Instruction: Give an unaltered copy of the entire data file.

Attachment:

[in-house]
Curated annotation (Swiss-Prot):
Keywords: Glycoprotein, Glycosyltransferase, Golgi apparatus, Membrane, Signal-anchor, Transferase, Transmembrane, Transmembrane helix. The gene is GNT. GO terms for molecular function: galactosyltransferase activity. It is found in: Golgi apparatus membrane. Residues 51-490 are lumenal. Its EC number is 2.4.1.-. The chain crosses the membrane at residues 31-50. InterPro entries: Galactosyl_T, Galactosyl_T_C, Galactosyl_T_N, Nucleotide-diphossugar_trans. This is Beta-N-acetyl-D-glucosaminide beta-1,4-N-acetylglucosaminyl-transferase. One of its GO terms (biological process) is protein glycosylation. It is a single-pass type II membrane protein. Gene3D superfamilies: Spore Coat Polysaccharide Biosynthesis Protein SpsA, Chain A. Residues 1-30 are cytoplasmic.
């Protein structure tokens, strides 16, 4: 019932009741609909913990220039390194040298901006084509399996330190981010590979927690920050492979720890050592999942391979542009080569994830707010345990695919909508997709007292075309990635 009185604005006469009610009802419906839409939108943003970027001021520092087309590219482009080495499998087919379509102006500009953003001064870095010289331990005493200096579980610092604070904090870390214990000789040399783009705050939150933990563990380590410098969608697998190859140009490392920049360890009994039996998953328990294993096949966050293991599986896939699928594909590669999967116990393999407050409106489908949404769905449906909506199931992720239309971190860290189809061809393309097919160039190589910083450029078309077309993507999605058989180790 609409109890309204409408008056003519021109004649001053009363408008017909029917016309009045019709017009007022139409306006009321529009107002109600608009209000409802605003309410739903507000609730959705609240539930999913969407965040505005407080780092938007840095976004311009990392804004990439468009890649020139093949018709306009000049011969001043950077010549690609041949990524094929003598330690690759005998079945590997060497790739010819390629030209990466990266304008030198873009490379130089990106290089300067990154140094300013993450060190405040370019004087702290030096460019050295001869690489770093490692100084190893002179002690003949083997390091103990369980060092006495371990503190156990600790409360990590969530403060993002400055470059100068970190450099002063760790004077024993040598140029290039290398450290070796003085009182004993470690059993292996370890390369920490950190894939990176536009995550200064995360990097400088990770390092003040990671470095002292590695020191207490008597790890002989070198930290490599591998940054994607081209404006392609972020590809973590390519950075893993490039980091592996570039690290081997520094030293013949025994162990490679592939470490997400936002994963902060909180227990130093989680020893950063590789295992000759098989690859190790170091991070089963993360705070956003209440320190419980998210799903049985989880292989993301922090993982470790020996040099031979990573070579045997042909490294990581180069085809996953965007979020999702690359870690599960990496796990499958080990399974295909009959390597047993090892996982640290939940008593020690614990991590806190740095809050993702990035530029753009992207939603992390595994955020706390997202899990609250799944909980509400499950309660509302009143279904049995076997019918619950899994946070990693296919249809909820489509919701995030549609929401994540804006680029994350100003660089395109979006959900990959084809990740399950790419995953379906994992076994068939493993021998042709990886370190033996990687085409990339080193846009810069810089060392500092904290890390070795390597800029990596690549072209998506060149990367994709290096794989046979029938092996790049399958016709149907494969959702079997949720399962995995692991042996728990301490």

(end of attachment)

[in-house]
Curated annotation (Swiss-Prot):
Keywords: Glycoprotein, Glycosyltransferase, Golgi apparatus, Membrane, Signal-anchor, Transferase, Transmembrane, Transmembrane helix. The gene is GNT. GO terms for molecular function: galactosyltransferase activity. It is found in: Golgi apparatus membrane. Residues 51-490 are lumenal. Its EC number is 2.4.1.-. The chain crosses the membrane at residues 31-50. InterPro entries: Galactosyl_T, Galactosyl_T_C, Galactosyl_T_N, Nucleotide-diphossugar_trans. This is Beta-N-acetyl-D-glucosaminide beta-1,4-N-acetylglucosaminyl-transferase. One of its GO terms (biological process) is protein glycosylation. It is a single-pass type II membrane protein. Gene3D superfamilies: Spore Coat Polysaccharide Biosynthesis Protein SpsA, Chain A. Residues 1-30 are cytoplasmic.
């Protein structure tokens, strides 16, 4: 019932009741609909913990220039390194040298901006084509399996330190981010590979927690920050492979720890050592999942391979542009080569994830707010345990695919909508997709007292075309990635 009185604005006469009610009802419906839409939108943003970027001021520092087309590219482009080495499998087919379509102006500009953003001064870095010289331990005493200096579980610092604070904090870390214990000789040399783009705050939150933990563990380590410098969608697998190859140009490392920049360890009994039996998953328990294993096949966050293991599986896939699928594909590669999967116990393999407050409106489908949404769905449906909506199931992720239309971190860290189809061809393309097919160039190589910083450029078309077309993507999605058989180790 609409109890309204409408008056003519021109004649001053009363408008017909029917016309009045019709017009007022139409306006009321529009107002109600608009209000409802605003309410739903507000609730959705609240539930999913969407965040505005407080780092938007840095976004311009990392804004990439468009890649020139093949018709306009000049011969001043950077010549690609041949990524094929003598330690690759005998079945590997060497790739010819390629030209990466990266304008030198873009490379130089990106290089300067990154140094300013993450060190405040370019004087702290030096460019050295001869690489770093490692100084190893002179002690003949083997390091103990369980060092006495371990503190156990600790409360990590969530403060993002400055470059100068970190450099002063760790004077024993040598140029290039290398450290070796003085009182004993470690059993292996370890390369920490950190894939990176536009995550200064995360990097400088990770390092003040990671470095002292590695020191207490008597790890002989070198930290490599591998940054994607081209404006392609972020590809973590390519950075893993490039980091592996570039690290081997520094030293013949025994162990490679592939470490997400936002994963902060909180227990130093989680020893950063590789295992000759098989690859190790170091991070089963993360705070956003209440320190419980998210799903049985989880292989993301922090993982470790020996040099031979990573070579045997042909490294990581180069085809996953965007979020999702690359870690599960990496796990499958080990399974295909009959390597047993090892996982640290939940008593020690614990991590806190740095809050993702990035530029753009992207939603992390595994955020706390997202899990609250799944909980509400499950309660509302009143279904049995076997019918619950899994946070990693296919249809909820489509919701995030549609929401994540804006680029994350100003660089395109979006959900990959084809990740399950790419995953379906994992076994068939493993021998042709990886370190033996990687085409990339080193846009810069810089060392500092904290890390070795390597800029990596690549072209998506060149990367994709290096794989046979029938092996790049399958016709149907494969959702079997949720399962995995692991042996728990301490």